With a possibility of double-digit growth, the talent group looked at how to grow across the talent value chain by expanding its services, tools and technology offerings for talent, rewards, and communications to increase growth and leverage Mercer’s depth of experience and capabilities.

The answer will become apparent over the next few months as more packaged solutions are launched that combine consulting, information, and technology to meet the needs of clients that want a less-customized consulting approach with “off-the-shelf” packaged and reusable services and tools.

Workforce Planning Versus HR Analytics

Some elements that will be leveraged are already mature and solid revenue producers. Surveys, benchmarks, and analytics for compensation/total rewards and job structures are a more than $200m line of business. Globalization of the revenues is already well on its way, with about equal distribution from North America, Europe, and emerging markets across 57 countries.

Instead of focusing on HR analytics, Mercer is emphasizing data acquisition and integration, data modeling, as well as data visualization as it applies to a wide range of workforce and data that drives business results. This may mean a consulting and outsourcing services engagement, it may mean workshops and training, or self-service use of integrated SaaS technology platforms with one or more Mercer products.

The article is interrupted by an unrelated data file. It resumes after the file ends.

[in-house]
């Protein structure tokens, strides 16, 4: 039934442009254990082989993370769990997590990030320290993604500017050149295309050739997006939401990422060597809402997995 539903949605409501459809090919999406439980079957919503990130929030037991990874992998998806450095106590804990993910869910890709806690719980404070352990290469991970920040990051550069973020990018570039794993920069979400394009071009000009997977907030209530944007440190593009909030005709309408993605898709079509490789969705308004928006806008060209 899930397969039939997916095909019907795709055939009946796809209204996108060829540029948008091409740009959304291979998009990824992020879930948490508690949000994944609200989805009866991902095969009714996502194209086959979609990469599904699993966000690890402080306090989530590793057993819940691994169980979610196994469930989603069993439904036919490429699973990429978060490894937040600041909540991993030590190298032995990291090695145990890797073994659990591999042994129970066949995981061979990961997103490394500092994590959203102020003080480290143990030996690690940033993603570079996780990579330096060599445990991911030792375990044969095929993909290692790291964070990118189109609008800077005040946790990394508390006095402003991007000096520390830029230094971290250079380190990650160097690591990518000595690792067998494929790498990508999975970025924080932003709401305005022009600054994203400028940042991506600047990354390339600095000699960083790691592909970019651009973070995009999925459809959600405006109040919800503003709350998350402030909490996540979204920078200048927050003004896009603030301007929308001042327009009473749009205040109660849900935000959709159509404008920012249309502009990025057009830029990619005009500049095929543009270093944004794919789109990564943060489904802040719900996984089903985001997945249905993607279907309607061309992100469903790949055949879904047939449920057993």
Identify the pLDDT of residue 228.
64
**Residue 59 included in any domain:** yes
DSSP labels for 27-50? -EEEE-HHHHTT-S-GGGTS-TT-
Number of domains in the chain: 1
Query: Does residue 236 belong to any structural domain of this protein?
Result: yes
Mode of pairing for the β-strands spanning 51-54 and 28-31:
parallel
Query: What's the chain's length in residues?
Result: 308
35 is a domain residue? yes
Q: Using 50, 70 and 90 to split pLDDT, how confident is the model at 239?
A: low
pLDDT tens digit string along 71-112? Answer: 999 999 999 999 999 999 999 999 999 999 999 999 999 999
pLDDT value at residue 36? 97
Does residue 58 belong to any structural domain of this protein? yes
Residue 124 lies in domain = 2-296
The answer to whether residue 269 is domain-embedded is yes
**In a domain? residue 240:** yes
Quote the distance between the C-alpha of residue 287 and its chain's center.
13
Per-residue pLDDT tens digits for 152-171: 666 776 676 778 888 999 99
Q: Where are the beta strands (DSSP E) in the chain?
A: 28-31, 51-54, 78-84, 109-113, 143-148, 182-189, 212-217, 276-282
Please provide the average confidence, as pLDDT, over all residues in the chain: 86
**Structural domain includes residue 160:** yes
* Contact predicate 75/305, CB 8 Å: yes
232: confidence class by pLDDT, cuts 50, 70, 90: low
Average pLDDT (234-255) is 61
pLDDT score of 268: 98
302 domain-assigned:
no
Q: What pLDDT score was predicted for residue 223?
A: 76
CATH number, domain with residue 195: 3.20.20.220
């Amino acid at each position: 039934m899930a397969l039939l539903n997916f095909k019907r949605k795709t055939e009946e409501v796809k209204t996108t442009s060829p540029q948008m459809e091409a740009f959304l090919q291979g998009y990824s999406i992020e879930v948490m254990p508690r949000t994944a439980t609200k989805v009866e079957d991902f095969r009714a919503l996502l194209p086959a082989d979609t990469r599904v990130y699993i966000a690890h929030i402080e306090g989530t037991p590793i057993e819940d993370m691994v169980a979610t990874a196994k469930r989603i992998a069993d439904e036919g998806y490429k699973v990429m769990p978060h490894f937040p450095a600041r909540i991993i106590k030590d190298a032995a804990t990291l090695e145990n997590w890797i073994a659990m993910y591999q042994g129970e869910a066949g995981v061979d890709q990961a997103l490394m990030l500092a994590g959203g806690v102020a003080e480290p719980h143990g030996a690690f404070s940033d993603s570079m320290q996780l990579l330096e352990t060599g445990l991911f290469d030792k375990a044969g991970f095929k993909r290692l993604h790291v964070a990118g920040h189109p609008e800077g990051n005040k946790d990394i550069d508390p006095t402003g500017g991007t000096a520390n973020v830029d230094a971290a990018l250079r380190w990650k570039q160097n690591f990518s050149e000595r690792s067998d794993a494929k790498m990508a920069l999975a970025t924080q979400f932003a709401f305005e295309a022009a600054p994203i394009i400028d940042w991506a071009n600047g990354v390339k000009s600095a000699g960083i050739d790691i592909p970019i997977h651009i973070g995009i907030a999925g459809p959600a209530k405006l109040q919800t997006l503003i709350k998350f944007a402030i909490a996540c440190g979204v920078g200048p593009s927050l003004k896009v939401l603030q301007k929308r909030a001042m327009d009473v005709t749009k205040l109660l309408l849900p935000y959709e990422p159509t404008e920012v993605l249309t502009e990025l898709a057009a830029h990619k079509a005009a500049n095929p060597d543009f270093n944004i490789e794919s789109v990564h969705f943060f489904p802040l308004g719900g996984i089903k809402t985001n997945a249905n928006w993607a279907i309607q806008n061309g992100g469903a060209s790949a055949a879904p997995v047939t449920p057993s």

Think Big, Start Small, Move Fast

There are a lot of moving parts in Mercer’s strategy to create an integrated talent solutions portfolio.

It is brought together under the go-to-market Talent Impact label that includes new and existing products and services to forecast, engage, mobilize, reward and assess talent. Behind the scenes Mercer will be streamlining its own architecture into fewer and more integrated technology platforms to support the new offerings.

There is a lot to be done in a short time, but that is in alignment with the “think big, start small, and move fast” philosophy of Orlando Ashford, senior partner and president of Mercer’s talent business. Mercer is on the move!

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Oracle Buying Taleo: Is It a Good Deal?

February 20, 2012